Ecumenical Evangelism

As the five church “families” of Christian Churches Together in the USA met in Pasadena over these last days, we heard very well-done presentations of how each approaches the task of evangelism. Most moving to me was the vulnerability shown by each family in the presence of the others.

I noted that sometimes our very strengths, as Christian communions, also point to our weaknesses. The openness and tolerance of many historic Protestant denominations today, along with their belief in the ultimate sovereignty of God (“God will do what God will do…God will save whomever God pleases…who are we to judge?) may make us timid and tentative in our witness to the Gospel.

The very confidence of the evangelical and pentecostal families in the centrality and necessity of a personal commitment to Jesus Christ as Lord and Savior (“no one come to the Father except by me”) and the exclusive claims that only Christians will be saved may lead to a kind of judgmentalism and narrowness that shuts down rather than opens up the conversation and personal relationships which can mature over time into evangelistic “success.”

The historic reliance of Roman Catholics and the Orthodox in raising their children in the faith, having them grow in grace and understanding over time may be challenged in a culture where fewer people are raising their children in the Faith and where many have never even heard the basic message of the Gospel. How to “present the basic Gospel message” to such people? Churches defined primarily by their racial/ethnic identity may find it difficult truly to welcome in those of other backgrounds — even as the members of these churches have found it difficult, if not impossible, to be welcomed into other churches.      

But these very differences point to the necessity and importance of such ecumenical conversations! By learning from each other and perhaps even finding ways to cooperate in the evangelistic enterprise, maybe we can all find a way to articulate a more coherent expression of the Christian message to a world and society which desperately needs to hear it!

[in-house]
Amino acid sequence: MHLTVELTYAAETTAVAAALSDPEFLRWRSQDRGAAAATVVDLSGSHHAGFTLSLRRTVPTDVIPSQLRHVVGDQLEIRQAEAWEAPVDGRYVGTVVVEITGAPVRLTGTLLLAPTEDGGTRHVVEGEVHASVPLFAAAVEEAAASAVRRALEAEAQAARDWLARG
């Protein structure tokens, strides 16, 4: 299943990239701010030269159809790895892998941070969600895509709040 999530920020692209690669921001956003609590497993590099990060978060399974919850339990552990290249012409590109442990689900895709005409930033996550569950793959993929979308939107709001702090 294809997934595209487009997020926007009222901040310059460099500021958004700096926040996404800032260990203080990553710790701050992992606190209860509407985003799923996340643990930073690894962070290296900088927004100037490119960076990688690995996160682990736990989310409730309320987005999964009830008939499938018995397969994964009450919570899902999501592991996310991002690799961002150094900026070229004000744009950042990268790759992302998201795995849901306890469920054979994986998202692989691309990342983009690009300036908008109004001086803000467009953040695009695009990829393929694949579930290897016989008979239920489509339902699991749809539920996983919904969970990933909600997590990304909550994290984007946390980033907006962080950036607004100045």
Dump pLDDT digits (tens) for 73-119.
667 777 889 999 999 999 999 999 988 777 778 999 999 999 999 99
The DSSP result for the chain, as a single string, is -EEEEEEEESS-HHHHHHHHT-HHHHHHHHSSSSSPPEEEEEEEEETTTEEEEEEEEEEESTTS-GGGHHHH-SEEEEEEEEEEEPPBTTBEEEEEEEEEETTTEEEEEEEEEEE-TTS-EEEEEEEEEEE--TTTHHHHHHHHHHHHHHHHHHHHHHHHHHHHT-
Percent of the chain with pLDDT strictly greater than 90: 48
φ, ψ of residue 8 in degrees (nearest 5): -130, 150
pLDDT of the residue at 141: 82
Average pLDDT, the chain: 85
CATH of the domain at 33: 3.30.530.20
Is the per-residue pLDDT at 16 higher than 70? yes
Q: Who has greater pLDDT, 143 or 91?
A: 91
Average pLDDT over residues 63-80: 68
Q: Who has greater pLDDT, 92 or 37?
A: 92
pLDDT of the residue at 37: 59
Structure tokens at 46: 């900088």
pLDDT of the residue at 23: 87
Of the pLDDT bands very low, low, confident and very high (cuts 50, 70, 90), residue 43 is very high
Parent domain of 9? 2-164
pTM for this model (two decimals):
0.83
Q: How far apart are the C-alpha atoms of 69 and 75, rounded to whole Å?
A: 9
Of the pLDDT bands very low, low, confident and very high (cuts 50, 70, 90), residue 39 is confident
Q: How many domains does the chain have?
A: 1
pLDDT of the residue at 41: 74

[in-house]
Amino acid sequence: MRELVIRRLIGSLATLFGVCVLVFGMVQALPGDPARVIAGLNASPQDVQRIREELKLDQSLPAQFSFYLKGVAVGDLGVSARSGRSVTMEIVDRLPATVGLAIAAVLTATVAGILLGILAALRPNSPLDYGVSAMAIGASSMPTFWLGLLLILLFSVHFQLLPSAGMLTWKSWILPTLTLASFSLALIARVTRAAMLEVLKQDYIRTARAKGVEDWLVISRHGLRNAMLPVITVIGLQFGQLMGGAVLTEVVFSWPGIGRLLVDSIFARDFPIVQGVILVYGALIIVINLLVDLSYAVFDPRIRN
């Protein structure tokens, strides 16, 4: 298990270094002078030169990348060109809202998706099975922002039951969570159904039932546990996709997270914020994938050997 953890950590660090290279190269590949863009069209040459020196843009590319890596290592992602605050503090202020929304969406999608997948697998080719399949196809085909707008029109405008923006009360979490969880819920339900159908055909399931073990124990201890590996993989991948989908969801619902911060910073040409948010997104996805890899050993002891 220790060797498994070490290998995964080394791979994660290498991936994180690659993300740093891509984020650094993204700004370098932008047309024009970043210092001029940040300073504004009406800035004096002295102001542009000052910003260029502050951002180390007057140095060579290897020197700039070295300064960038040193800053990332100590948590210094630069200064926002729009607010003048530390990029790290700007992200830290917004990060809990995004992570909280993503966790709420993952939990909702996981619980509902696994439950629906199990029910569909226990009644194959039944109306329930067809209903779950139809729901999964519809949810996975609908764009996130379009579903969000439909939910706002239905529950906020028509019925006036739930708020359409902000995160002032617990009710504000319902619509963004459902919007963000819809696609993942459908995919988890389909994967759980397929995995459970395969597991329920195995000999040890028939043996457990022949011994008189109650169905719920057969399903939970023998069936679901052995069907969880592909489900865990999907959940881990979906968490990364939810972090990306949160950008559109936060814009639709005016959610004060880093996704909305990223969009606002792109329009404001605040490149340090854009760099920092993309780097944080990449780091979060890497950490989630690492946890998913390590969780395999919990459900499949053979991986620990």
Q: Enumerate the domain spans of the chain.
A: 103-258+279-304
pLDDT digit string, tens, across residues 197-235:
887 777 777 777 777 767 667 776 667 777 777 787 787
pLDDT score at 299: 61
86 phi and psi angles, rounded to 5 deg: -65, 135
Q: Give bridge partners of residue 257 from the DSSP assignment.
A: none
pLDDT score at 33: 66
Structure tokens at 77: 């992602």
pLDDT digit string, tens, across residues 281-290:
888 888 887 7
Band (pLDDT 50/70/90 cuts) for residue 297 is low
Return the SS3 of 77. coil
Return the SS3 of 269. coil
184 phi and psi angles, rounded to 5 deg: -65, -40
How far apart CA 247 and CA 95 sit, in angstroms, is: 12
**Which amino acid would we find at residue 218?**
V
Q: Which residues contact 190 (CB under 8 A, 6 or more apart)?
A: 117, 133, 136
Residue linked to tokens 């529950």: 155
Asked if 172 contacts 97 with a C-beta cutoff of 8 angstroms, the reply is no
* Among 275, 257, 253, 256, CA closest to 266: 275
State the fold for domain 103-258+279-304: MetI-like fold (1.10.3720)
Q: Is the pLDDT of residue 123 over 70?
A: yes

2 Responses to “Ecumenical Evangelism”

  1. Phil Snyder Says:

    Evangelism is the life blood of the Church. But we must have “Good News” to proclaim. What is your “good news?”

    Mine is that Jesus Christ is God incarnate who came to deal with the forces of death and darkness and won victory over them in the Crucifixion and Resurrection. Because of that (and only because of that), I am able to have fellowship with God and am given a new life. This resurrection life starts now and continues forever. In this new life, I am to live as God desires me to live.

    You, too (not you, specifically Bishop Epting, but “you” in general) can have this new life and new fellowship with God…..

    I suspect that your “good news” is similar to mine. We just disagree on what the parameters of how “God desires us to live” are.

    One major problem I see in TEC is that it has forgotten about individual sin in favor of corporate or communal sins – poverty, injustice, AIDS, etc. These are indeed serious, but they all start with individual sins. People just don’t feel responsible for “corporate sins.” However, they (like Paul) know full well the depth of their own individual sins. I love Romans 7 because it tells everyone’s story: “the good that I want to do, I can’t do and the evil I don’t want to do I do.”

    Jesus Christ is the answer to both individual and corporate sins. His victory over Sin and Death is fulfilled in the Resurrection and we are raised to that new life after we are killed in baptism. The problem is that our sinful desires refuse to die and we must (with the aid of the Holy Spirit) kill them daily.

    YBIC,
    Phil Snyder

  2. ecubishop Says:

    Yes, Phil, I expect our understandings of the “good news” is very similar indeed. God’s love for humankind, and the whole creation, uniquely revealed in the life, death, and resurrection of the incarnate Word, Jesus Christ.

    We probably differ only in our perception of just how radical God’s love is.
    Don’t try so hard to “kill” those sinful desires, my friend. You never will win. Such is the power of sin. Relax into the healing waters of God’s amazing grace. For it is by that grace, and not our own works and good behavior, that we have been saved.

    And, while the root of all sin may be individual (Adam and Eve?), there is now such a systemic dimension to all human sin that personal morality alone will not do it. And we had better start “feeling responsible for corporate sins” — and seeking repentence and amendment of life for those as well as for our individual sins. Only then will we begin to cooperate with teh dawning of God’s kingdom!

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